Tech Analysis | Why is the RB20 not the quickest despite upgrades?


Tech Analysis | Why is the RB20 not the quickest despite upgrades?
25 June at 16:00

The Spanish Grand Prix weekend once again offered us a very tight battle between Max Verstappen and Lando Norris, both in qualifying and in the race. Despite not having the quickest car, the Dutch World Champion was able to conquer his 7th victory of the season, helped by a perfect execution from the team. From a technical point of view, McLaren seem to have the more complete car at the moment, while both Red Bull and Ferrari seem to struggle in making the upgrades work as planned. Let’s try to explain why.

McLaren with the most complete car of the weekend

Starting with McLaren, the team seem to have the quickest car on the grid after Miami, but still lacks a bit of experience at the very top level to beat Red Bull. 

As happened in Imola and Miami, the MCL38 behaved beautifully around the Circuit of Barcelona-Catalunya, as it was quick almost everywhere. Thanks to its great ability to generate a lot of downforce from the bodywork and Venturi channels, the MCL38 was on equal level with the RB20 in the high speed corners of the track (turn 9 and turn 14), but way quicker in the second sector, characterized by a series of medium speed and slow speed corners, where having a very strong front end certainly helps.  

Despite these good properties, the MCL38 still lacks in a very important area compared to Red Bull: top speed. During the first few laps of the race, in fact, it was possible to appreciate how easily Verstappen was able to stay within 1 second from Russell and eventually pass him as soon as he got DRS. On the other hand, as Norris got behind the British driver, he couldn’t pass him on the straight despite the rear wing open. 

This disadvantage is partly justified both by the car’s specific characteristics, as the MCL38 was designed to generate a lot of downforce and behave well in all kinds of corners, and also in the rear wing choice for the weekend: during FP1 the team tried a medium downforce rear wing version (the same spec used last tie out in Canada), before switching to a more conventional maximum downforce rear wing from FP2 onwards, giving up a higher top speed for more stability in the high speed and medium speed corners.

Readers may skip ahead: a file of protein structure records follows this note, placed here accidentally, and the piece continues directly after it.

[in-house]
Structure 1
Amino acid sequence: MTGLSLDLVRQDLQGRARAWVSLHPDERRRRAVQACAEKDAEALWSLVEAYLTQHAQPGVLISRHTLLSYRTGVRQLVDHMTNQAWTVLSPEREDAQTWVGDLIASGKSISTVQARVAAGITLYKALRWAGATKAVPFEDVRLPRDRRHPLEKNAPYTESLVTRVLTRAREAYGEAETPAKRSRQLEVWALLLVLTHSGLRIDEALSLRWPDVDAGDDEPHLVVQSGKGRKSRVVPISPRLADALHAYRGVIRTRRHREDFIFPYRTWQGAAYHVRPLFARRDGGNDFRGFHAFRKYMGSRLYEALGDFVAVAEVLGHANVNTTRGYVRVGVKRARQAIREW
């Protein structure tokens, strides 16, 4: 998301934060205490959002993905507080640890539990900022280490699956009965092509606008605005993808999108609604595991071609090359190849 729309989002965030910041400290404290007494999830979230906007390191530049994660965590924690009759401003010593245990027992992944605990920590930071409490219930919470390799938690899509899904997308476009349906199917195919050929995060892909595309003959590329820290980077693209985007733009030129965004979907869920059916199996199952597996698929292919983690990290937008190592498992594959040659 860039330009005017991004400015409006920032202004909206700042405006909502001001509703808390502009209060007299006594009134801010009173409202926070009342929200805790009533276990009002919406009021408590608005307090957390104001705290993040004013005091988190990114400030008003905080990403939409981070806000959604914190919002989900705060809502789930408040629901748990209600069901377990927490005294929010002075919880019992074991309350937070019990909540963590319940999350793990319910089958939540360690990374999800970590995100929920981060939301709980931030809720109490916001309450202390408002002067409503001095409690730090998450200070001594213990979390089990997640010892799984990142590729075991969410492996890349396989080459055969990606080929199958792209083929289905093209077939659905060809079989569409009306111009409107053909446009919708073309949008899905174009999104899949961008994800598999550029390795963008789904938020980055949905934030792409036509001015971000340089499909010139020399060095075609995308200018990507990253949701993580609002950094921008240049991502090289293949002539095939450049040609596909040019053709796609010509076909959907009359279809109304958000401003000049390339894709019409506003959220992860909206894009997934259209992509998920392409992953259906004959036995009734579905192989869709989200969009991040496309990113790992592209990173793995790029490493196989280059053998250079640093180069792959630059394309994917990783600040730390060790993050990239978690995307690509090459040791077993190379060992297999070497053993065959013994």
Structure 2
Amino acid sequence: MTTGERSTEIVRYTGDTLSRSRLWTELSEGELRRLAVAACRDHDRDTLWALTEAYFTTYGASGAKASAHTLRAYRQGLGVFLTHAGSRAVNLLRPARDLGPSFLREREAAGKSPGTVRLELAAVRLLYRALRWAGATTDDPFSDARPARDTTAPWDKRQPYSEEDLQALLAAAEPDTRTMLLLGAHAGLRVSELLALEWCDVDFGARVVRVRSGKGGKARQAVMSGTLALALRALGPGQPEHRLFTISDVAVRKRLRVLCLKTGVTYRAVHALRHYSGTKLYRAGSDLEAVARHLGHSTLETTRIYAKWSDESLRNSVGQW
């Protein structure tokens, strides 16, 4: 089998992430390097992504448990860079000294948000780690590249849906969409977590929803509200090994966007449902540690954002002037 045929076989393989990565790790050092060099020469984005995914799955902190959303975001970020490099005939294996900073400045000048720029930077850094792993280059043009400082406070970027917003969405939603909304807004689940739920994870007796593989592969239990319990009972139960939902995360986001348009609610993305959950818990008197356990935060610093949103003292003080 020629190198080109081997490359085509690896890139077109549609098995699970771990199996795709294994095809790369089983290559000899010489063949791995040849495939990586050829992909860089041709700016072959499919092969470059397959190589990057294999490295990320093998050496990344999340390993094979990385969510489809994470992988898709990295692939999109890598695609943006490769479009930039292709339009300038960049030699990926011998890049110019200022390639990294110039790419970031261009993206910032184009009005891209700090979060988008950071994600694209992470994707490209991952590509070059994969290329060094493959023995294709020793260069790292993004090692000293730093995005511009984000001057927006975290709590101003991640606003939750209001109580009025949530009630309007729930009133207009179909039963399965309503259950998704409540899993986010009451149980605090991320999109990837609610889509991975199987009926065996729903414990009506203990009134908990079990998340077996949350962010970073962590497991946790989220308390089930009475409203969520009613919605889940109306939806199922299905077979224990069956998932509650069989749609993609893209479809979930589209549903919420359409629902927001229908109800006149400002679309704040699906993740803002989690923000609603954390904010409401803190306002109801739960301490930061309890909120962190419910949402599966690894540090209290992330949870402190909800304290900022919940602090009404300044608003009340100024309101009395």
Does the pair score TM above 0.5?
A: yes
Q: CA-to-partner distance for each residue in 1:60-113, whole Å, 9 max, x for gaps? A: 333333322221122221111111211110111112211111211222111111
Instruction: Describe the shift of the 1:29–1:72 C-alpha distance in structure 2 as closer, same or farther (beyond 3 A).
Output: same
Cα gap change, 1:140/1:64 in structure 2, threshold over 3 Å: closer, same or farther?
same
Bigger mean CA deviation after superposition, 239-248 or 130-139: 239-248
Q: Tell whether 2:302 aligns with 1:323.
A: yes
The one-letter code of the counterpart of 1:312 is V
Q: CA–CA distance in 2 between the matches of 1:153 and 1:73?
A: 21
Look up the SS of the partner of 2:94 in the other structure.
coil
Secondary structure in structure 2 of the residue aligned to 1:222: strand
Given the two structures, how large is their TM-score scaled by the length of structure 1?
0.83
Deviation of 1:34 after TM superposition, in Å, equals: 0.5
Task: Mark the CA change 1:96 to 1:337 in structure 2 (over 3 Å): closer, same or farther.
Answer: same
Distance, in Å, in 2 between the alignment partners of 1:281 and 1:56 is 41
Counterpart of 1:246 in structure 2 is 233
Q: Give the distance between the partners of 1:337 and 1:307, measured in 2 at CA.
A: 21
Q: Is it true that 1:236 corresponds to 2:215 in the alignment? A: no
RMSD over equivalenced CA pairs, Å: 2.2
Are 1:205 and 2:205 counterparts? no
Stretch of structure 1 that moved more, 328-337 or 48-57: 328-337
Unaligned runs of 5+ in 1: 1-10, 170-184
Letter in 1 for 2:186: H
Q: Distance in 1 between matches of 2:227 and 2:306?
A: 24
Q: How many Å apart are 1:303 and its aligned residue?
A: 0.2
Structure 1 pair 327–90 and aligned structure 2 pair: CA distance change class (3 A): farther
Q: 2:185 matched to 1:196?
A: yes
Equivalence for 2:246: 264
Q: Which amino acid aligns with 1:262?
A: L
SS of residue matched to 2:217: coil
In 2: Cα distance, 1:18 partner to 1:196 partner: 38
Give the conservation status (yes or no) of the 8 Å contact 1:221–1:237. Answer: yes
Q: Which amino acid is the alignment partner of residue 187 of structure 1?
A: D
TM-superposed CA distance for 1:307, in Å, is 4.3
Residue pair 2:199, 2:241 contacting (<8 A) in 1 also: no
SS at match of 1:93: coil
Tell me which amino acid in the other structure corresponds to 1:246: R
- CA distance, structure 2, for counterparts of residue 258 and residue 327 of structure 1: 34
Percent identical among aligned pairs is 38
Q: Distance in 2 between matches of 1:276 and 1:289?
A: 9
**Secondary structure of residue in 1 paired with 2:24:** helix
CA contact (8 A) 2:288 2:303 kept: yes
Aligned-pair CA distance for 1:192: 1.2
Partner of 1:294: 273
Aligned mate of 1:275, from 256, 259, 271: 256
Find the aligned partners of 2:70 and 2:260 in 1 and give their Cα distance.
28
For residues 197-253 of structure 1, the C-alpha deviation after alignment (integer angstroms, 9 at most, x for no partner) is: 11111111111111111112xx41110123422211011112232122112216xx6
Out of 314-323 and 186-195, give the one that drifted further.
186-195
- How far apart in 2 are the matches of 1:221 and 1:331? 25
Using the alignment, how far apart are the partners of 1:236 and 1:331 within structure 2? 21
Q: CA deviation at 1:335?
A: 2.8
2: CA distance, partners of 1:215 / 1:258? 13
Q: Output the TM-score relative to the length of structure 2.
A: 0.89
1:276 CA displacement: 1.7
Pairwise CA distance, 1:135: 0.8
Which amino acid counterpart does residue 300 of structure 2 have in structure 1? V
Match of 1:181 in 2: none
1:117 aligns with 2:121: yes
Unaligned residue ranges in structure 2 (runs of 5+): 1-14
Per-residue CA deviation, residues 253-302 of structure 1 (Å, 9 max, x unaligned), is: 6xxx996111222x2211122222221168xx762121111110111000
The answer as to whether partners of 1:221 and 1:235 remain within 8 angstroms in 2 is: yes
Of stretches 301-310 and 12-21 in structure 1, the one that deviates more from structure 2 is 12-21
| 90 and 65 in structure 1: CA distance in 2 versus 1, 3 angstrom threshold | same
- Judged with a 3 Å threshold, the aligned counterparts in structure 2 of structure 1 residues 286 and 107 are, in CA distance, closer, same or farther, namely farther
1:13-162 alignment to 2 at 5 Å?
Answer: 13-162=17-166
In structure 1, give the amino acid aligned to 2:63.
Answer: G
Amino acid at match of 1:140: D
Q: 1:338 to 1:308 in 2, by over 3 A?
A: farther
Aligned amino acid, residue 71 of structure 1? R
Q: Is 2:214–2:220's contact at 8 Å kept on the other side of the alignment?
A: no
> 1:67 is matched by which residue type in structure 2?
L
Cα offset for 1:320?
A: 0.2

This choice inevitability made overtaking much more difficult, even though it also allowed Norris to manage the tyres and make them last longer and better than any other driver on the grid. 

The impression is that the race was decided during the first stint and that McLaren still need to find back the excellence and perfection at the very top level to be able to challenge Red Bull. However, as underlined by team principal Andrea Stella after the race, a very small upgrade could give them a tiny margin over Red Bull, making races easier to win: “If he [Norris]'s upset about a P2 finishing two seconds from Max, then this is really good news for everyone, including Formula 1, because it means that we have races, and it means that with little details, we finally can have some different winners than Max."  

Red Bull struggle to make the RB20 work

Coming to Red Bull, the team are clearly facing a very strange period for the first time since the ground effect cars have been introduced in the early 2022, despite winning races. 

Since 2022, in fact, the technical team led by Adrian Newey, Pierre Waché and Paul Moneghan were able to deliver specific upgrades that most of the time (expect a small period during summer 2022) produced an improvement in the performance of the car. 

In 2024, the team decided to switch to a different concept to improve the performance of their car, as they were convinced that other teams would have certainly caught them if they kept following the same direction.